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Question on Chromium Plating on Piston Crown

adv.     u.s chrome

(-----) 2006

We carry out chromium plating on the grooves of piston crown (for cargo vessel's diesel engine). We have encountered a re-work problem. After the old layer of Chromium on the grooves is machined by lathe, we then put the piston in the Chromium bath (temperature about 50-52 deg C). When the plating process finishes, small holes are seen along the grooves. We have no other choices but have to repeat the machining and plating again. We don't know what the root causes are. Can anyone give any insights?

Ernest LEE
Piston Crown Reconditioning - Hong Kong

First of two simultaneous responses -- 2006

This letter is nearly identical to one about a year ago. Use the search engine to find it and see what it said. If my bad memory is correct, it might not have been answered.
Pits, voids, skip plate and holes are similar but not the same.
My first guess is that there was burs or carbide grit that formed trees that broke off. The tree robs the plate area below it. With a 10 X glass, look at the pit. If it has a tiny tree stump near the center, that is your problem. Solution is to make sure there are no burrs or trash in the groove. Pumice step might help.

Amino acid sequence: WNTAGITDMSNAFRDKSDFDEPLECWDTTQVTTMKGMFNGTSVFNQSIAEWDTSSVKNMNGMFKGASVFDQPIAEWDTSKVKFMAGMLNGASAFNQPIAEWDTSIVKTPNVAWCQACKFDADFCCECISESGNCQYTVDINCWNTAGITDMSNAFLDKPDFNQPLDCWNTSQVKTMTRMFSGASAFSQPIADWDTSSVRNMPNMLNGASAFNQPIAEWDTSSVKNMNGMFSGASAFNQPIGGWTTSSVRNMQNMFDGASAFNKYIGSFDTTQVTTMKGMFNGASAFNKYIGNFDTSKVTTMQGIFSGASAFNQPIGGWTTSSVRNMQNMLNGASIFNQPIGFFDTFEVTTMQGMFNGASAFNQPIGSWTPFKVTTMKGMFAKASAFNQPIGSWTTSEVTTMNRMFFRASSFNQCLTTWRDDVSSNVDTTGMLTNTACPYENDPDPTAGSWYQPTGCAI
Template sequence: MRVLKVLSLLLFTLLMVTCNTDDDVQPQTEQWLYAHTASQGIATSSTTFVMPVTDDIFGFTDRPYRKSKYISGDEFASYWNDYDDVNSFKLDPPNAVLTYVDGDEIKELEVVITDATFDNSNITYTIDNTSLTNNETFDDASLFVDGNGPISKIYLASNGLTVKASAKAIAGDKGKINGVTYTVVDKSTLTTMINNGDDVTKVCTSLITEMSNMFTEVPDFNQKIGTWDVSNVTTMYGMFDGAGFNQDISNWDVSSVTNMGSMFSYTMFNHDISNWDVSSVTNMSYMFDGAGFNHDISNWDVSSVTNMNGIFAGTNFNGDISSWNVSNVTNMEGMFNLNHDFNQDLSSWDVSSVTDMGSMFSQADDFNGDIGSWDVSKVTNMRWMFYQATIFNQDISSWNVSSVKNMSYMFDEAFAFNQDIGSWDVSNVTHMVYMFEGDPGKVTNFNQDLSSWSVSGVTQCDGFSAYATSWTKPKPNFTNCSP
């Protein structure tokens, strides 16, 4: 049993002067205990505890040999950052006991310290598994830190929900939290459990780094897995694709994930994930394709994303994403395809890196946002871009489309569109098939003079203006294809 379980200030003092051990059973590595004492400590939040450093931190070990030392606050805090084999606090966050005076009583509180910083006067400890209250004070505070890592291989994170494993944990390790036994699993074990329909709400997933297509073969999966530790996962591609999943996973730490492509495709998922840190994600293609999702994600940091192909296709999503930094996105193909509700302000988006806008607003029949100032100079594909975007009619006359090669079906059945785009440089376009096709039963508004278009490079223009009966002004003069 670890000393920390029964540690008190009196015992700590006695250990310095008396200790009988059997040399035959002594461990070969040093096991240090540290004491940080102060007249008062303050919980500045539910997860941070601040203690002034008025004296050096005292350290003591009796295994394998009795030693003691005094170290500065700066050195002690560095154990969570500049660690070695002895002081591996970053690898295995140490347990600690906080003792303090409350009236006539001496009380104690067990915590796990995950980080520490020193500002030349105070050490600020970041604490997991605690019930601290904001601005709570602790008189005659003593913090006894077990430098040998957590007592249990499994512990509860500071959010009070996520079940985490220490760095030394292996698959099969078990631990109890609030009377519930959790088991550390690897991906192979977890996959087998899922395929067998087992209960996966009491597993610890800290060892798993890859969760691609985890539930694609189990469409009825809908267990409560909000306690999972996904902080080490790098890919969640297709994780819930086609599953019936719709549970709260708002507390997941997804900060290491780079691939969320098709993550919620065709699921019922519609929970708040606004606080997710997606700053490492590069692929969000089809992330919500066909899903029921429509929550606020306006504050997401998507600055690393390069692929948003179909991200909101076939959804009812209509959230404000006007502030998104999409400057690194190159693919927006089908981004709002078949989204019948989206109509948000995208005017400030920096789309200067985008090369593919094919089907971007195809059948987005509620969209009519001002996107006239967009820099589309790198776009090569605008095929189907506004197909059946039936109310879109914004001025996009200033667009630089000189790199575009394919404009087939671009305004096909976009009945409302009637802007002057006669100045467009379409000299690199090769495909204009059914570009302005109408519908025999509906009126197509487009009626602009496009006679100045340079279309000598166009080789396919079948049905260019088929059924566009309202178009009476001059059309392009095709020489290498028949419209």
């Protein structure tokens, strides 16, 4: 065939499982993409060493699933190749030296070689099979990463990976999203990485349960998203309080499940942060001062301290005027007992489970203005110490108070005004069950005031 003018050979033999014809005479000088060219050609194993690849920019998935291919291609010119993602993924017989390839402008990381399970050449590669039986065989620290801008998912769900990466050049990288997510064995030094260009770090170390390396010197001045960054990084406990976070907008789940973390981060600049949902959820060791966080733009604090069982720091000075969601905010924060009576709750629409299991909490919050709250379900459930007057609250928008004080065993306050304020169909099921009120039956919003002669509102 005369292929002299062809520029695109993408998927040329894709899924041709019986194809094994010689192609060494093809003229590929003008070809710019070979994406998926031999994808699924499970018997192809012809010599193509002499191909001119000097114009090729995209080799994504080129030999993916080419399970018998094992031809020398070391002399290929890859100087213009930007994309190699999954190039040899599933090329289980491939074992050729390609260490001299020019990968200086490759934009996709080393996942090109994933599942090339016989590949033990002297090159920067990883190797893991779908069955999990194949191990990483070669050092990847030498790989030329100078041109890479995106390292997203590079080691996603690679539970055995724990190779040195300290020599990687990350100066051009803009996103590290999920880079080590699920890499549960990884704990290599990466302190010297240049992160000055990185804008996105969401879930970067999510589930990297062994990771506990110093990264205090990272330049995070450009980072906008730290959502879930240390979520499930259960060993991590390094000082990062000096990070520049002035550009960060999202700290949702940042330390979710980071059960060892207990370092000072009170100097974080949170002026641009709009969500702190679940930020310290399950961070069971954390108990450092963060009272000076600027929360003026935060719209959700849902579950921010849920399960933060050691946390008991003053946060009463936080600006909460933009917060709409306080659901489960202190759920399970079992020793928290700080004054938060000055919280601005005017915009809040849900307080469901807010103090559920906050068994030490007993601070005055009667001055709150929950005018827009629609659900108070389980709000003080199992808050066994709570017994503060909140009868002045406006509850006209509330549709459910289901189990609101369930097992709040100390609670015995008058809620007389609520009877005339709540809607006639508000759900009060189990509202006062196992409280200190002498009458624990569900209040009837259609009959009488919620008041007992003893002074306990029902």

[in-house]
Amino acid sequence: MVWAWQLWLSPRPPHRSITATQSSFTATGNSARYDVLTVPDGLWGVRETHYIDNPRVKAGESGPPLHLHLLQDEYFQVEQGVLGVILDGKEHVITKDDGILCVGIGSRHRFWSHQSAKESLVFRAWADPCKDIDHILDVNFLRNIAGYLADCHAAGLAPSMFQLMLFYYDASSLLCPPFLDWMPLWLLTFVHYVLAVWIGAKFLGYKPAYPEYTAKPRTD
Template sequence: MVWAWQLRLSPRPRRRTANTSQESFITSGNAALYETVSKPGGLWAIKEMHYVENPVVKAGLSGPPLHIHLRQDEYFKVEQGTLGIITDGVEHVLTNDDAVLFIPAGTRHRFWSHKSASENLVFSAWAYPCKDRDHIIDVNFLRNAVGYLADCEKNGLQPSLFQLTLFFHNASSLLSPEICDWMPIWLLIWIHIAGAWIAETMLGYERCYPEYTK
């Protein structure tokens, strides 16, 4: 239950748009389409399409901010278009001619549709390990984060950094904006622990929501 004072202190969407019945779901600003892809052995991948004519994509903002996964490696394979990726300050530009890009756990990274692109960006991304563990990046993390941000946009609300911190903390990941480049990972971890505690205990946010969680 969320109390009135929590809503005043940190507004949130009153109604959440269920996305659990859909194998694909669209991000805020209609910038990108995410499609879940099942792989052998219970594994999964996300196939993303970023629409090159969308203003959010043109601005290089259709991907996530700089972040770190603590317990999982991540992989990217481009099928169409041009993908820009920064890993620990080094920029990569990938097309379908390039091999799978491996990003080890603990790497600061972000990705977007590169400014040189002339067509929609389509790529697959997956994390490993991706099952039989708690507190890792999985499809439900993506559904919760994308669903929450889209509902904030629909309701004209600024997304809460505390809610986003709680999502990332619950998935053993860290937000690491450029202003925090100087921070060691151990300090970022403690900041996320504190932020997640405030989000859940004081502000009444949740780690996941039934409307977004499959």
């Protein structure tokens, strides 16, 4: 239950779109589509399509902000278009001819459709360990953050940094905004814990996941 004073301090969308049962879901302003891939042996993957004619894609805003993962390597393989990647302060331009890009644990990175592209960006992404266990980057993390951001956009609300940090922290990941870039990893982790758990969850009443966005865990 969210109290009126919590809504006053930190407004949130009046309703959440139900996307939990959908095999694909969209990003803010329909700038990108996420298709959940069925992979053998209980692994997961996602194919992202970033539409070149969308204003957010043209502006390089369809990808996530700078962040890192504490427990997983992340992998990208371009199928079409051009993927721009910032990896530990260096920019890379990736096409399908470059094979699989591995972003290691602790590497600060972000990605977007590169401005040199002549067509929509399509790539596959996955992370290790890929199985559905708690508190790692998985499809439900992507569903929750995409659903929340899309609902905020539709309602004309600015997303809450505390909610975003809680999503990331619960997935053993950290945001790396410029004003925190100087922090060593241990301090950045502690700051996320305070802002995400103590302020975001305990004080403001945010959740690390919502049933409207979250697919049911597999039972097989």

If the pit has a really nice round shape and no tree stump, then you have a gas bubble problem. Increasing agitation may be a solution. I liked conforming anodes as I could use a higher voltage/amperage and plate fast enough that the bubbles were self clearing. A conforming anode for a large piston can be a real trick to make and maintain, but the reward is faster plating, less grind after plate and less rejects.
Where do you need the chrome? bottom only, sides only or bottom and sides? How thick? There is a small possibility that one of the high velocity plasma or flame spray has a unit that could do the job. Normally, they do not work well in tiny spaces, but the improvements in the last few years have been great.

James Watts
- Navarre, Florida

Second of two simultaneous responses -- 2006

Are you sure the pores were not there before? Hot gas corrosion causes this type of problem. Machining with a light cut will not clean them totally but will conceal them since the surrounding metal smears over them thus, making it impossible to detect visually. A dye check after machining will reveal if this is the case.

Guillermo Marrufo
Monterrey, NL, Mexico

adv.     u.s chrome

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